early decision college application

The Truth about Early Decision and Early Action

You’ve decided you’re ready to apply for college, and you ask yourself, “Why wait?” Some colleges let you apply as early as November 1st. You figure that your application is as good as it’s going to get, so you want to get your application in before everyone else. Couldn’t hurt, right? Unfortunately, it can. Early decision/action aren’t the same as regular applications. While early decision and early action are great ideas for some students, these options come with downsides that can’t be ignored.

Early decision and early action have some conditions. Firstly, you have even less time than normal to get your application in shape, which can be detrimental to even the best applications.

November 1st is mind-bogglingly fast! On November 1st, you’ve just started senior year. You’ve barely been in school for two months, and unless you got a head start on your application process in junior year, only having two months to complete your application may be unrealistic.

If you’re scrambling to complete exams and write essays, early decision or early action may do more harm than good.

Early decision specifically means you’re required to attend that school if they accept you. This may not seem like a downside, especially if you’re applying to your first-choice school, but this condition will decrease the amount of time you have to commit to a school, and may force you into a school with unknown financial aid options.

If you’re applying with early decision or early action, expect colleges to also require your financial aid information at the same time as the rest of your application. For many schools, you need your entire application in order by that early November 1st deadline. Good luck!

This binding condition doesn’t apply to early action; you don’t have to attend if you don’t want to. Make sure you know which one you’re doing: early decision and early action are not the same. Early action will keep your options open, and options are never a bad thing!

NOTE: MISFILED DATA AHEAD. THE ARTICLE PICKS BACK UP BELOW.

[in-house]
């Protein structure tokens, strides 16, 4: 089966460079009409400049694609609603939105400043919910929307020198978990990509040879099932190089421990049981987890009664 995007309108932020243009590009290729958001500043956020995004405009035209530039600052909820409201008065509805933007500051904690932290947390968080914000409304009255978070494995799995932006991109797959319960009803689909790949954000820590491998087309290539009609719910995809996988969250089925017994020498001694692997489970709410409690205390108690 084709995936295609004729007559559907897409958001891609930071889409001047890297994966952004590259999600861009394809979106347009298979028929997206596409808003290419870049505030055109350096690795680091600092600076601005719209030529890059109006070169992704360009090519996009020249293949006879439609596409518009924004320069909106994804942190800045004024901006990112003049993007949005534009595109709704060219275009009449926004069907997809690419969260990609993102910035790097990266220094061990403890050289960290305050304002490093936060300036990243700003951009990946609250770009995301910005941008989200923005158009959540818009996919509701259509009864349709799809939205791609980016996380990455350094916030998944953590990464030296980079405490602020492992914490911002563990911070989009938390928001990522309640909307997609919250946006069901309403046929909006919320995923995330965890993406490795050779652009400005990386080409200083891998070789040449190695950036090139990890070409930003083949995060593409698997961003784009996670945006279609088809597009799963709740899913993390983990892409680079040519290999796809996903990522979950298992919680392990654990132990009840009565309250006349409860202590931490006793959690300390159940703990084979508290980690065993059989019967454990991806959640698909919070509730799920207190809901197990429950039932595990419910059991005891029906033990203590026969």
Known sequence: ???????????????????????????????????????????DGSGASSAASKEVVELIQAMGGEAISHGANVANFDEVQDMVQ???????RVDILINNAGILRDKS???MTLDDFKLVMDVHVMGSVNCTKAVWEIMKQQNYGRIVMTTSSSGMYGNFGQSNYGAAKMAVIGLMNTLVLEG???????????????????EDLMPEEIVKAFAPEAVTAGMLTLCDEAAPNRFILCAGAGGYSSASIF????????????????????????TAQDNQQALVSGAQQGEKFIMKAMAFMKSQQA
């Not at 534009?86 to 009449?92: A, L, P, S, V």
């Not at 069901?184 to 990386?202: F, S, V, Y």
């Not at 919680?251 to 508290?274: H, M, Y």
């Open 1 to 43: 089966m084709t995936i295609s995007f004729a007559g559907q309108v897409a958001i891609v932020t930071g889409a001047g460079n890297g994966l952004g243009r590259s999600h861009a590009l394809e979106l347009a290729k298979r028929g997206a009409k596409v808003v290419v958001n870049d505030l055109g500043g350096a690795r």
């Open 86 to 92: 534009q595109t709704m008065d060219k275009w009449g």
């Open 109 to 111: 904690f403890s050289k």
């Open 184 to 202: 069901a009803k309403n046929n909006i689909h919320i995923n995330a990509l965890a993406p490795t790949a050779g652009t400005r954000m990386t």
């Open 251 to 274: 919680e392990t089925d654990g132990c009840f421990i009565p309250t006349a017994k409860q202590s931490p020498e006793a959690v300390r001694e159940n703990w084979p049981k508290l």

Early decision and early action also makes it less feasible to apply to many different schools. While students should be applying to 10-12 colleges, early decision and early action force you to focus on 2-3 colleges. That’s not many options. You may find that after all of this extra effort to meet the earlier deadline, your 2-3 schools have rejected you, and it was all for nothing.

Despite all of this, early decision and early action have advantages. If you’re 100% certain you want to attend a school, applying early shows a lot of interest in that school. It’s hard to express interest in a school during the application process, but early decision and early action shows you’re willing to give up all backup options for the sake of one school. That expresses a lot of interest!

Students who apply early also get early answers. You’ll likely get your answer from a school around New Year’s if you apply by November 1st. That gives you more time to plan your move to a new city/state if needed, and a load off of your shoulders for the rest of the school year.

Certain schools openly admit that early applicants are in a smaller pool than normal applicants. This means that you’re much less likely to get waitlisted, and sometimes more likely to get admitted if you were unsure about your application.

With these advantages, early decision and early action may seem very appealing. However, some schools also say that there is no advantage to early applications. While some schools favor early decision and early action, others weigh all applications equally. Before you take a risk with early decision or early action, make sure it will matter at your school of choice!

It’s very difficult to know if early decision or early action give any real advantage. The data on both of these is skewed; most students who apply early are go-getters who are more productive than the average student. While early decision or early action might be a good choice for you, it might also have no effect at all.

Early decision and early action have their advantages and disadvantages. A lot of the time, the disadvantages will outweigh the advantages, but it still may be the right choice for your college career. Do your research and make the right decision based on your needs.

 

Author: Hastings Davin

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